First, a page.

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ARS Home » Plains Area » Las Cruces, New Mexico » Range Management Research » Research » Publications at this Location » Publication #241847

Title: Historical and modern disturbance regimes, stand structures, and landscape dynamics in pinon-juniper vegetation of the western United States.

item ROMME, WILLIAM - Colorado State University
item ALLEN, CRAIG - Us Geological Survey (USGS)
item BAILEY, JOHN - Oregon State University
item BAKER, WILLIAM - University Of Wyoming
item Bestelmeyer, Brandon
item BROWN, PETER - Colorado State University
item EISENHART, KAREN - Edinboro University Of Pennsylvania
item FLOYD, M. LISA - Prescott College
item HUFFMAN, DAVID - Northern Arizona University
item JACOBS, BRIAN - National Park Service
item MILLER, RICHARD - Oregon State University
item MULDAVIN, ESTEBAN - University Of New Mexico
item SWETNAM, THOMAS - University Of Arizona
item TAUSCH, ROBIN - Us Forest Service (FS)
item WEISBERG, PETER - University Of Nevada

Submitted to: Rangeland Ecology and Management
Publication Type: Peer Reviewed Journal
Publication Acceptance Date: 3/4/2009
Publication Date: 5/1/2009
Citation: Romme, W.H., Allen, C.D., Bailey, J.D., Baker, W.L., Bestelmeyer, B.T., Brown, P.M., Eisenhart, K.S., Floyd, M., Huffman, D.W., Jacobs, B.F., Miller, R.F., Muldavin, E.H., Swetnam, T.W., Tausch, R.J., Weisberg, P.J. 2009. Historical and modern disturbance regimes, stand structures, and landscape dynamics in pinon-juniper vegetation of the western United States. Rangeland Ecology and Management. 62:203-222.

Interpretive Summary: This paper presents a summary of what we currently know – and don’t know – about historical and modern stand and landscape structure and dynamics, in three major and fundamentally different kinds of piñon-juniper vegetation in the western U.S.: persistent woodlands, savannas, and wooded shrublands. It is the product of a workshop that brought together experts from across the geographical range of piñon-juniper vegetation. The intent of this synthesis is to provide a source of information for managers and policy-makers, and to stimulate researchers to address the most important unanswered questions.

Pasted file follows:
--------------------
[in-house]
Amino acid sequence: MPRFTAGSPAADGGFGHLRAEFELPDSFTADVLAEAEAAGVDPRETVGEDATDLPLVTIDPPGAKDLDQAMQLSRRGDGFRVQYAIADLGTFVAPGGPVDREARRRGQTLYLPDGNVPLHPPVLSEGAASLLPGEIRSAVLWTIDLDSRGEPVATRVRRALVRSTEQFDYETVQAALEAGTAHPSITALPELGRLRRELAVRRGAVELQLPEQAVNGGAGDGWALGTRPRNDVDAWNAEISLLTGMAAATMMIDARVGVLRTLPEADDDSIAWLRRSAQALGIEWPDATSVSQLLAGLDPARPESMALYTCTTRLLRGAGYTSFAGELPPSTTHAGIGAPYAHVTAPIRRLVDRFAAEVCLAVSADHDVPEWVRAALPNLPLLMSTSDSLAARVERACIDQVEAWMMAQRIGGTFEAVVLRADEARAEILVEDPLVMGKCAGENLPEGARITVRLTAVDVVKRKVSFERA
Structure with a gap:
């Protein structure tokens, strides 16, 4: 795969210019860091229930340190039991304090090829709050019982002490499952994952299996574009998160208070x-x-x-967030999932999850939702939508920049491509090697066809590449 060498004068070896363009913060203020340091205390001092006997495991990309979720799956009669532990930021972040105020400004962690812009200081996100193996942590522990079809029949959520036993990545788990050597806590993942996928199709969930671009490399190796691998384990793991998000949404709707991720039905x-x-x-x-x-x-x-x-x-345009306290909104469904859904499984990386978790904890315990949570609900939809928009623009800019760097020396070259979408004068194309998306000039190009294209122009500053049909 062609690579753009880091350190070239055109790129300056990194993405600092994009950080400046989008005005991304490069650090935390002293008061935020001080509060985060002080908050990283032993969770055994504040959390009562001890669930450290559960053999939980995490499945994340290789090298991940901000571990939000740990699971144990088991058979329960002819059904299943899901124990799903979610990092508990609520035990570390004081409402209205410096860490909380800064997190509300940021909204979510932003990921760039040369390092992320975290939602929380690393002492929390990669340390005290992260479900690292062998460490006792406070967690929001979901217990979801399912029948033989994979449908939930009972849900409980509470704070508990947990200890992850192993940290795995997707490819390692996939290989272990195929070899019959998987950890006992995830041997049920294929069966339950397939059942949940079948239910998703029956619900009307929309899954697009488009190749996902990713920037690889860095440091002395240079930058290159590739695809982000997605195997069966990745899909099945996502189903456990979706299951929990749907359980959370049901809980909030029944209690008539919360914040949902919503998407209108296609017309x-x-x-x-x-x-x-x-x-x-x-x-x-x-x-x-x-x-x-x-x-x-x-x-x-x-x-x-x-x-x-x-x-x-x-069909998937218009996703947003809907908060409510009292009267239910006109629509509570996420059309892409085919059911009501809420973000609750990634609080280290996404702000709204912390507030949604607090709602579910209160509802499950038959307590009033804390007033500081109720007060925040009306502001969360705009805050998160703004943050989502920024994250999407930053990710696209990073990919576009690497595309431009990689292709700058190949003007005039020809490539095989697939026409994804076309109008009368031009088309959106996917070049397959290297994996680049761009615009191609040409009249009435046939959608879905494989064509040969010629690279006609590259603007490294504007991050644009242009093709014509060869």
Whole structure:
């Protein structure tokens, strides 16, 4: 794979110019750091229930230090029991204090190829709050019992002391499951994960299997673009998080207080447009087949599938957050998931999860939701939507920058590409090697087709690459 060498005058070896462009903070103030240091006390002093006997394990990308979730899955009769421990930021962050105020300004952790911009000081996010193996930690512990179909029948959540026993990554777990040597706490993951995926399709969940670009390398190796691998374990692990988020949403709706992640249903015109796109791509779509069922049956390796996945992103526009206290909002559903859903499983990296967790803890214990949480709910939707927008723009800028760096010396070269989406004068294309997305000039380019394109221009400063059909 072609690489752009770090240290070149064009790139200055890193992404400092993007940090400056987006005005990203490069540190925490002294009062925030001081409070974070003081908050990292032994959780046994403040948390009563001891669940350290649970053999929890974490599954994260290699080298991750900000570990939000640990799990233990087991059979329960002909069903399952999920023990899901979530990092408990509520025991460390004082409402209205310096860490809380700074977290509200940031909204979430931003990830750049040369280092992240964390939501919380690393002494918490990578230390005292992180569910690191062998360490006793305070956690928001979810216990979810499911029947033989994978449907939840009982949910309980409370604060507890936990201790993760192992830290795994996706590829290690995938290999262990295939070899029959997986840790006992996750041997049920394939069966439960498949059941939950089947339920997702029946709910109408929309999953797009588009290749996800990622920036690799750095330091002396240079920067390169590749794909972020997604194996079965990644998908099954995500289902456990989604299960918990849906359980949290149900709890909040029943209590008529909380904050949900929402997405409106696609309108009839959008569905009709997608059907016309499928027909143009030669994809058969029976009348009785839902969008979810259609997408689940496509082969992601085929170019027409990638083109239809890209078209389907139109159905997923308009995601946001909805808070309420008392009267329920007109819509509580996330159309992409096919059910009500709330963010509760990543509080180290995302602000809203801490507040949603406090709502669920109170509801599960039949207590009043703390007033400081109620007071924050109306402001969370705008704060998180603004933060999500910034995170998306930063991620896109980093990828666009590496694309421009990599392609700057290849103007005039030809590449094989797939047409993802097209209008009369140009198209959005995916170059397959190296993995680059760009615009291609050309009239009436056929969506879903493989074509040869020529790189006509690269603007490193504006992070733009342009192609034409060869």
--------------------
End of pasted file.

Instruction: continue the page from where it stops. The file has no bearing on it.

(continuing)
Technical Abstract: Piñon–juniper is a major vegetation type in western North America. Effective management of these ecosystems has been hindered by inadequate understanding of 1) the variability in ecosystem structure and ecological processes that exists among the diverse combinations of piñons, junipers, and associated shrubs, herbs, and soil organisms; 2) the prehistoric and historic disturbance regimes; and 3) the mechanisms driving changes in vegetation structure and composition during the past 150 yr. This article summarizes what we know (and don't know) about three fundamentally different kinds of piñon–juniper vegetation. Persistent woodlands are found where local soils, climate, and disturbance regimes are favorable for piñon, juniper, or a mix of both; fires have always been infrequent in these woodlands. Piñon–juniper savannas are found where local soils and climate are suitable for both trees and grasses; it is logical that low-severity fires may have maintained low tree densities before disruption of fire regimes following Euro-American settlement, but information is insufficient to support any confident statements about historical disturbance regimes in these savannas. Wooded shrublands are found where local soils and climate support a shrub community, but trees can increase during moist climatic conditions and periods without disturbance and decrease during droughts and following disturbance. Dramatic increases in tree density have occurred in portions of all three types of piñon–juniper vegetation, although equally dramatic mortality events have also occurred in some areas. The potential mechanisms driving increases in tree density—such as recovery from past disturbance, natural range expansion, livestock grazing, fire exclusion, climatic variability, and CO2 fertilization—generally have not received enough empirical or experimental investigation to predict which is most important in any given location. The intent of this synthesis is 1) to provide a source of information for managers and policy makers; and 2) to stimulate researchers to address the most important unanswered questions. La vegetación de Piñon-junípero es un tipo de vegetación muy importante en el Oeste de Norte América. El manejo efectivo de estos ecosistemas se ha obstaculizado por el inadecuado entendimiento de 1) la variabilidad en la estructura del ecosistema y los procesos ecológicos que existen entre las diversas combinaciones de pinos, juníperos, arbustos, hierbas, y los organismos asociados del suelo; 2) regímenes prehistóricos e históricos del disturbio, y 3) mecanismos que conducen cambios en estructura y composición de la vegetación durante los últimos 150 años. Este publicación hace un resumen de lo que sabemos (y no sabemos) acerca de tres clases fundamentales de vegetación del piñon–junipero. Arbolados persistentes se encuentran donde los suelos locales, el clima, y los regímenes del disturbio son favorables para el piñón, el junípero, o una mezcla de ambos; los fuegos han sido siempre infrecuentes en estas áreas. Las sabanas del Piñon–junipero se encuentran donde los suelos locales y el clima son apropiados tanto para árboles y gramíneas; es lógico que los fuegos de baja-intensidad pueden haber mantenido densidades bajas de árboles antes de que se interrumpió los regímenes del fuego después del establecimiento Euro-Americano, pero existe poca información para apoyar cualquier afirmación afirmativa sobre los regímenes históricos del disturbio en estas sabanas. Los matorrales se localizan donde los suelos locales y el clima apoyan a comunidad de arbustos, pero los árboles pueden aumentar durante condiciones climáticas y períodos húmedos sin disturbio, y disminuyen durante sequías y después del disturbio. Los aumentos dramáticos en la densidad de los árboles han ocurrido en las porciones de los tres tipos de vegetación del piñon–junipero, aunque eventos